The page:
Health care has many unique, industry-specific expense scenarios that are often hard to regulate and track. With a standard solution, organisations may not be in a position that allows them to adapt to their specific needs. End users vary widely in the industry, from physicians and nurses to executives and sales, from administration to technicians, and from staff working from home to guest travelers. One size may not fit all, and an organisation can run into trouble when balancing the needs of so many.Providing a holistic view of spend data with an institution’s ERP does not mean having to settle for an out-of-the-box tool to track and integrate travel and expenses. Health care organisations still need the ability to integrate with any ERP solution to have full visibility into all spend, from pre-purchases to reimbursements and reconciliation. With configurable solutions from SAP Concur, any organisation will gain increased efficiency via an automated end-to-end process that integrates directly with its ERP, providing a more complete view into virtually all data across the organisation’s spend.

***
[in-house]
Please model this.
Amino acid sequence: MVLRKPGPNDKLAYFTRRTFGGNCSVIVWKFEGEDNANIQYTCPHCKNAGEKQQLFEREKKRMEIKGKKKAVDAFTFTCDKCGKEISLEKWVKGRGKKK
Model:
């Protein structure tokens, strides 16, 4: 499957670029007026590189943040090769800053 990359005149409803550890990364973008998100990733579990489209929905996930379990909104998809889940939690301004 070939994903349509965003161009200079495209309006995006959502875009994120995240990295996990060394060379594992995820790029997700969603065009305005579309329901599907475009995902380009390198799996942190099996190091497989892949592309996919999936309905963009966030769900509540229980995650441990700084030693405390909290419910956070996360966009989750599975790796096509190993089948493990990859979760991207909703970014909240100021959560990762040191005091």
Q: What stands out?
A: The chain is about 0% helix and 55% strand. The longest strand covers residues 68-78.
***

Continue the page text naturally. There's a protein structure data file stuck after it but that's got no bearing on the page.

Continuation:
SAP Concur embraces the collaborative nature of healthcare and understands how its solutions must work in a dynamic environment. SAP Concur has dedicated functional and technical experts from R&D, implementation specialists, product management, client support and a robust healthcare customer community to help organisations evolve in an everchanging business climate.

An organisation’s ERP provides the institution’s backbone, now it’s time to maximise its efficiency. For more information, please visit com/sap.